Hey, and Pray for the Pee Dee Council of Catholic Women’s Retreat!

You praying types (that’s all of you, right?), mission for today and tomorrow:

Today: Please pray for Deacon F., who’s going to be giving the retreat in my stead.  Pray that God will give him wisdom and courage as he prepares, and that he will put together the retreat these ladies need, regardless of how that matches up with the notes and stuff I sent him.

Tomorrow: Please pray for those attending the retreat, that God will use this retreat to draw them closer to Him, and to help them to live more and more the way God is calling them.  Please pray specifically that those who need to come will be able to come, and that our Lord will use this as a stepping stone in the evangelization of the SC coast.

Thanks!

Jesus and the Laundry Fairy

Two weeks ago I was still ostensibly the person responsible for doing laundry, though I’ll allow that a party of alpinists had contacted us about permits for ascending Mt. Foldmore.  But let’s harken back to the days of old, when it sometimes happened that a person could toss his clothes into the laundry hamper, and a few days later find those clothes clean, and folded, and waiting in the drawer or closet for their next use.

There’s was something of cycle to it, though, and often the sock and underwear drawers would get perilously empty.  And then one day, just when things had gotten very grim, a certain SuperHusband would wake up and discover his drawers were restocked, and he would proclaim, “Behold! The Laundry Fairy has come!”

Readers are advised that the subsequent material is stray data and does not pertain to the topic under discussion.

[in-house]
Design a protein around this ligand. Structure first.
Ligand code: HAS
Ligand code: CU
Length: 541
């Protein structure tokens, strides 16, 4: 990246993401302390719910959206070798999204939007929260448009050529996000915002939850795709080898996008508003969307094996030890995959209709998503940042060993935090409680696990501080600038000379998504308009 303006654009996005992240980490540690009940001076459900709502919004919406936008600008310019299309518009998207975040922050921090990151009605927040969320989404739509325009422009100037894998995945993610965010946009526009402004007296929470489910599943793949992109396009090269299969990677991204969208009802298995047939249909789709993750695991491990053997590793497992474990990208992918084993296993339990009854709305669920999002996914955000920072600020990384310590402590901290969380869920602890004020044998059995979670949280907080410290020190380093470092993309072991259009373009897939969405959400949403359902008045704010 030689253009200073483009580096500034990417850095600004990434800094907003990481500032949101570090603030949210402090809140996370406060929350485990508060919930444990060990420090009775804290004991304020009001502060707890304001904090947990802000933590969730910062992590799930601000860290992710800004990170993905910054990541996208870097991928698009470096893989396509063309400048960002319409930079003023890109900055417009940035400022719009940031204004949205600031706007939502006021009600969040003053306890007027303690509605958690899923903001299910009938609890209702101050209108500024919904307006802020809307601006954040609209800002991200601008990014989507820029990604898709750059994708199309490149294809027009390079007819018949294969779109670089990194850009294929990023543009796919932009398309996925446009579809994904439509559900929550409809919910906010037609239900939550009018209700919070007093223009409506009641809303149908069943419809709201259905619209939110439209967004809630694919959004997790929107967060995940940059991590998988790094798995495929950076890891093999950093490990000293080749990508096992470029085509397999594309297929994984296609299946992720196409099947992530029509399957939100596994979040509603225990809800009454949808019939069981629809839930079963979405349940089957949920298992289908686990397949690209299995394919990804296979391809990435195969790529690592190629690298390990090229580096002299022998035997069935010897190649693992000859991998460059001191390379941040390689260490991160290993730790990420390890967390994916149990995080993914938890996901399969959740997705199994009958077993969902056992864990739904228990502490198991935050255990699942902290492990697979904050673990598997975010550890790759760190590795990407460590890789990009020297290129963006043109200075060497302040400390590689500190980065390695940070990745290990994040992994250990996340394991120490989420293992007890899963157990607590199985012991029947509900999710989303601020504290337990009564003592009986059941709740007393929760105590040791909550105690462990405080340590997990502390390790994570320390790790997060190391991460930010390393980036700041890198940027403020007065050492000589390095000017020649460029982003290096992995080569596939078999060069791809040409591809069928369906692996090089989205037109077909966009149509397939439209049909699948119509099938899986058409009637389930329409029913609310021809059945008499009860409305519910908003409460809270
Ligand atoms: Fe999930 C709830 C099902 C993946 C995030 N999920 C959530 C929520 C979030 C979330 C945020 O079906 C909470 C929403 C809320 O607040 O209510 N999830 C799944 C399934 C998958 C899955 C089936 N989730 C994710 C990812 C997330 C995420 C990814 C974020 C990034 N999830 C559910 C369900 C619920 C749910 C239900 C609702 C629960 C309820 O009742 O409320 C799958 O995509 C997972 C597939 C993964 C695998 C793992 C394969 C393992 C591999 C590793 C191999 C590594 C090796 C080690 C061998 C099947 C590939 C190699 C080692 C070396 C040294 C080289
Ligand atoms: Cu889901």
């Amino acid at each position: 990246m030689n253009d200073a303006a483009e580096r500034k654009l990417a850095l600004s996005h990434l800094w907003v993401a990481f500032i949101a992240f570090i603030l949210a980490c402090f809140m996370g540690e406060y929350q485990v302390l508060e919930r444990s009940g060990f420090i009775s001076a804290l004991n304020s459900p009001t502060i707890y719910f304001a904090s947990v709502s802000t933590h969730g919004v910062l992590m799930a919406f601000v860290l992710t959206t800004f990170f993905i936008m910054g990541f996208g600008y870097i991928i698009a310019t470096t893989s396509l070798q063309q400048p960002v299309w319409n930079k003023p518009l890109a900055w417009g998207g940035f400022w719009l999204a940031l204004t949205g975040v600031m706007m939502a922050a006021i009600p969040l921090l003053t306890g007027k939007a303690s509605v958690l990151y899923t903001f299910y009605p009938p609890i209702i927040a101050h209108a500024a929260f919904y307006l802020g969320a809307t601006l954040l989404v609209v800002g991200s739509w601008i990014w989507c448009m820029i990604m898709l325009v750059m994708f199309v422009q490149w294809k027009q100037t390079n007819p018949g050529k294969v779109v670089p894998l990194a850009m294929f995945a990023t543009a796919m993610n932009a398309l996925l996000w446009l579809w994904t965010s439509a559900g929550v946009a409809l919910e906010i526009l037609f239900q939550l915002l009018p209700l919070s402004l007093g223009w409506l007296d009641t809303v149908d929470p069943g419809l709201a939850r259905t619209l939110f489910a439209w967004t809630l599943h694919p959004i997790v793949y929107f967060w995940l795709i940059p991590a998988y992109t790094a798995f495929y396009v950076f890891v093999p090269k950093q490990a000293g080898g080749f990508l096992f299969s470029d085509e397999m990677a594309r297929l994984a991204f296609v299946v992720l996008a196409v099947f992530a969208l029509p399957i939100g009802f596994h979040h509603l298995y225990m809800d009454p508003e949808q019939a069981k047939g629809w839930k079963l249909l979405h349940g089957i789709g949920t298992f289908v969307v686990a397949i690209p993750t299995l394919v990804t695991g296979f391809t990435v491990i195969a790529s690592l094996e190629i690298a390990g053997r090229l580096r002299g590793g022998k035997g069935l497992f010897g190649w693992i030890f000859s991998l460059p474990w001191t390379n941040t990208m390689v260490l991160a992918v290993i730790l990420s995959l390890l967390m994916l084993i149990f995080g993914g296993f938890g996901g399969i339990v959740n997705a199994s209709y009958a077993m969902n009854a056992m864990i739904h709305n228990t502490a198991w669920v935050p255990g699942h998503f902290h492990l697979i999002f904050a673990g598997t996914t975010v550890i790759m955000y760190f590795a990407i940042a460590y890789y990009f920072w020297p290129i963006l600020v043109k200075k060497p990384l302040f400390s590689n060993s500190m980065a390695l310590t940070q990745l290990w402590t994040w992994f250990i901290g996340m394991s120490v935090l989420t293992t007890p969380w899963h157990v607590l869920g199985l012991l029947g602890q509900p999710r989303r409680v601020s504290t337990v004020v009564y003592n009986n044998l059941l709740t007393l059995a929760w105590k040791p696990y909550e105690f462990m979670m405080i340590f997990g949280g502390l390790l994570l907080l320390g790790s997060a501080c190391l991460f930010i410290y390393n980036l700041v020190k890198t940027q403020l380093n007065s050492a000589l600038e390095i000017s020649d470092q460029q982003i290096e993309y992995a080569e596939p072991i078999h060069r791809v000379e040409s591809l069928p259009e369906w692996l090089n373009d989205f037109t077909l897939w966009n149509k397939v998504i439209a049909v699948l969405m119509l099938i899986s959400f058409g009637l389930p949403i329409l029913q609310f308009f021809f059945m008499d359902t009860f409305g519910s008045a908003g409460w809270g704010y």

And I would remind him that there is no Laundry Fairy. That was your wife who did that for you, thank you very much.

***

This morning’s Gospel is one of those miraculous feedings of the crowds.  (Mark 8:1-10).  What caught my eye today wasn’t the Jesus part, it was the people part.  Our Lord observes, “They’ve been with me three days now, and have nothing to eat.  If I send them away hungry to their homes, they will collapse on the way, for they have come a great distance.”  The disciples up the stakes: “Where can anyone get enough bread to satisfy them, here in this deserted place?”

Those are the miracle conditions.  You’ve stuck around with the Jesus Person until you’ve run out of food and have no way of getting more.  You didn’t bail even as you approached the point of no return.

You’ve let yourself get desperate.  Empty-handed.  No way to make it on your own.

–> There’s an aid to faith here, by the way, if you can stick through the tempting part, the getting-out-while-you-still-can.  Once your case is hopeless, there’s really not much point in trying to turn elsewhere.  Makes it easier to stick the final corners.